|Nov 30, 2012, 06:00 PM||#1|
How to make sure a password manager is as secure as it claims?
until now, I resisted making the jump to a password manager for different reasons, the main ones being that I can't be quite sure of their true security and I may need to get access to a given website on a computer where I may just couldn't install or run any software. I can't do much about the latter except using a net-synchronizable software, typically paid-for, which still brings me back to the first question.
As much as I like open-source, it seems that the most praised password managers (LastPass and 1Password) are closed-source and as such, considering their waxing popularity will probably expose them to attacks themselves, with potentially much more serious consequences than an attack against a given website.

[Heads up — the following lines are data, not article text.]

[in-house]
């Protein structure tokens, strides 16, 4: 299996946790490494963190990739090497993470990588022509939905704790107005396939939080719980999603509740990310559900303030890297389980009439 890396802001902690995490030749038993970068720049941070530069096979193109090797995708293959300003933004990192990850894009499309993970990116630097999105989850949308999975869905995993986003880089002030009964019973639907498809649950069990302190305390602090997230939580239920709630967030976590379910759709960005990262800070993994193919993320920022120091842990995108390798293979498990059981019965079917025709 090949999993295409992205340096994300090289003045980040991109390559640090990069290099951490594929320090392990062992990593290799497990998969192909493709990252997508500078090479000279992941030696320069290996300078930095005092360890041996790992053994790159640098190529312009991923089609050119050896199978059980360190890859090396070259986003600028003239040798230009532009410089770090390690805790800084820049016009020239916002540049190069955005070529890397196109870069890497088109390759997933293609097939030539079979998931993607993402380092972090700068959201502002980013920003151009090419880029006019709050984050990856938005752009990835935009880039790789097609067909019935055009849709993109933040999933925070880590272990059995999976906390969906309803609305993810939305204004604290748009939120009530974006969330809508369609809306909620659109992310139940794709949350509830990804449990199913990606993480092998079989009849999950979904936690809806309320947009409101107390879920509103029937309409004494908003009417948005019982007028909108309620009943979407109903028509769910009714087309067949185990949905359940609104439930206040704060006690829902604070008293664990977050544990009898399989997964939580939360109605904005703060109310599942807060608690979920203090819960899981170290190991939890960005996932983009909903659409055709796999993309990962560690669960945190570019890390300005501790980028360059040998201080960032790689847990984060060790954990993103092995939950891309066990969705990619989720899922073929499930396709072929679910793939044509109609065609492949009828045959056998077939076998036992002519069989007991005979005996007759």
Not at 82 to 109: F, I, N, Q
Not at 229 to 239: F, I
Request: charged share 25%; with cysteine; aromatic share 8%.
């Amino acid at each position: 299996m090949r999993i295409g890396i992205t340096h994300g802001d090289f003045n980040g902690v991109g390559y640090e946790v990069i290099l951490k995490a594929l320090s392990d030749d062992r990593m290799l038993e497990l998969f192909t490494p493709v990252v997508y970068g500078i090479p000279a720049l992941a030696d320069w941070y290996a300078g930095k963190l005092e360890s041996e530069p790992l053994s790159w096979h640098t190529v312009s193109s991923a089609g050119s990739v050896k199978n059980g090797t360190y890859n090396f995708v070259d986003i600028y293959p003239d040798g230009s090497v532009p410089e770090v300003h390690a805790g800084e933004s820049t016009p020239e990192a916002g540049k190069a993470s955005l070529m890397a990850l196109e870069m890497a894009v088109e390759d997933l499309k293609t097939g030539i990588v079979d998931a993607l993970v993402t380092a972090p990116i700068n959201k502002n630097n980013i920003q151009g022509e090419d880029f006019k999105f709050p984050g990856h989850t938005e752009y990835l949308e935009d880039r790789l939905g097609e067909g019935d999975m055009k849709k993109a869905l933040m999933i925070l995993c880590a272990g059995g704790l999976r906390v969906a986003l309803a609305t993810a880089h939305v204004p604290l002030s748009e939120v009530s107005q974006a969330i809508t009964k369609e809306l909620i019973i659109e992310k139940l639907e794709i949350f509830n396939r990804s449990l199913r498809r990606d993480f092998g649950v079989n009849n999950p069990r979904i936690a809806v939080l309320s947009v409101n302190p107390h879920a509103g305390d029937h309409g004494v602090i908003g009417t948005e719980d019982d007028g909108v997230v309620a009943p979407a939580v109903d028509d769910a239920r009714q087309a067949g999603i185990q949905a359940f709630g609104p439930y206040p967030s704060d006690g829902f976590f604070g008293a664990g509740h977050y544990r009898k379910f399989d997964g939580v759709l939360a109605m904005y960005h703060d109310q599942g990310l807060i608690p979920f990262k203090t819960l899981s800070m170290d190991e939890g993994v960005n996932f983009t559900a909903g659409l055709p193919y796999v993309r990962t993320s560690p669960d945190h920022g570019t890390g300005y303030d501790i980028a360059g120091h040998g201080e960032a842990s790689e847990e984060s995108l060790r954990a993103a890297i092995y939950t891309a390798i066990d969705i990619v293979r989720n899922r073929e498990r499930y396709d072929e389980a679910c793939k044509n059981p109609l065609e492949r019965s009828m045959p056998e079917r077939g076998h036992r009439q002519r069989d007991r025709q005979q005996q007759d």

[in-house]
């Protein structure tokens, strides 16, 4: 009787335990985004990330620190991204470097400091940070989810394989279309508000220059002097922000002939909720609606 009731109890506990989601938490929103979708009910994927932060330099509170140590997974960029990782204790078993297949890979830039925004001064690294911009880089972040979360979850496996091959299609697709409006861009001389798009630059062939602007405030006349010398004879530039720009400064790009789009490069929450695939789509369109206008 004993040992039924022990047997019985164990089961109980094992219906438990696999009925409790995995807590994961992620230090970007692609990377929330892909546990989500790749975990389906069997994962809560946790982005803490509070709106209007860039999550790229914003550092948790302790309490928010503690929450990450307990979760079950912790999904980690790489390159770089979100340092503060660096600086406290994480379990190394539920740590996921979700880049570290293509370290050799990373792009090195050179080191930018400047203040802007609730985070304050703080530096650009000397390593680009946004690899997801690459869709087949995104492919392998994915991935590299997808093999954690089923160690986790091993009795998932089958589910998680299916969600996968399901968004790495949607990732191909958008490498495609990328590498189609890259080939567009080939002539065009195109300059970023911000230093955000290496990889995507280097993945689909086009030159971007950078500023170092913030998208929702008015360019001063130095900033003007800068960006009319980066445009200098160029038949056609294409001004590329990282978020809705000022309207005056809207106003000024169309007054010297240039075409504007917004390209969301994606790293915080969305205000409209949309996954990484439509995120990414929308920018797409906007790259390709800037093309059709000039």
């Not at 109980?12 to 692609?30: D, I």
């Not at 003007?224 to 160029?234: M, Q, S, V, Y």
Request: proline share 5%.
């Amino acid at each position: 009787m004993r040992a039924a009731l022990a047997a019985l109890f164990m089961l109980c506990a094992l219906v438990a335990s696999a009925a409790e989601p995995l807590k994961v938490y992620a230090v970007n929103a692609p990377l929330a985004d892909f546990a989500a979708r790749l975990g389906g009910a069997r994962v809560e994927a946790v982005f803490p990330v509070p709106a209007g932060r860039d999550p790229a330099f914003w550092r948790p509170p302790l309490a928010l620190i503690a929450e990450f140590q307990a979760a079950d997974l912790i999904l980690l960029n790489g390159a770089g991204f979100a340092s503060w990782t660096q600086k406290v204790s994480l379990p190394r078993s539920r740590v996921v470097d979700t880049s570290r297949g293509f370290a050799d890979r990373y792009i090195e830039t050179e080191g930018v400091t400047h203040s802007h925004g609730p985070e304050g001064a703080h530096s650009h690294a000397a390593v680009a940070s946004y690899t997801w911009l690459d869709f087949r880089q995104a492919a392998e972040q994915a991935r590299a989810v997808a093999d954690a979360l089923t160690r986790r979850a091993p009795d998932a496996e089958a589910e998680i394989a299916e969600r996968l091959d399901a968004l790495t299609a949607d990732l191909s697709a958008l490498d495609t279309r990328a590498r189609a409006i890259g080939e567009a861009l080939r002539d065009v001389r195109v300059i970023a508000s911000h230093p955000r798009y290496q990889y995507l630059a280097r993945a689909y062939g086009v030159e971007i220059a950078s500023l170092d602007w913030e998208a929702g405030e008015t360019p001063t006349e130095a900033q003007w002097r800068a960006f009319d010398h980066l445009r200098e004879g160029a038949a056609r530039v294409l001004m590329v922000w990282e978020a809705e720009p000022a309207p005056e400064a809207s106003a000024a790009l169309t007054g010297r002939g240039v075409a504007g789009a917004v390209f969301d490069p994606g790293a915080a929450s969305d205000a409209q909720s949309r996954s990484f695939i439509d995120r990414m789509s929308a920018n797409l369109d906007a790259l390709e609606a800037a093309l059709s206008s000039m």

As closed-source applications, how can a prospective user be so sure about their boasted security? I am especially concerned about the ones that do sync passwords with secure servers, as these servers may be located in countries that don't provide any legal protection for privacy. I just remembered about Skype, claiming to be encrypted... unless someone high enough requests a tap.
On the other hand, there's SpiderOak. Ok, it's not a password management software, but even with a warrant, they claim they would be completely unable to decipher what a user has stored, as they don't hold the keys...
So, how can we know is these managers are as secure as they claim?
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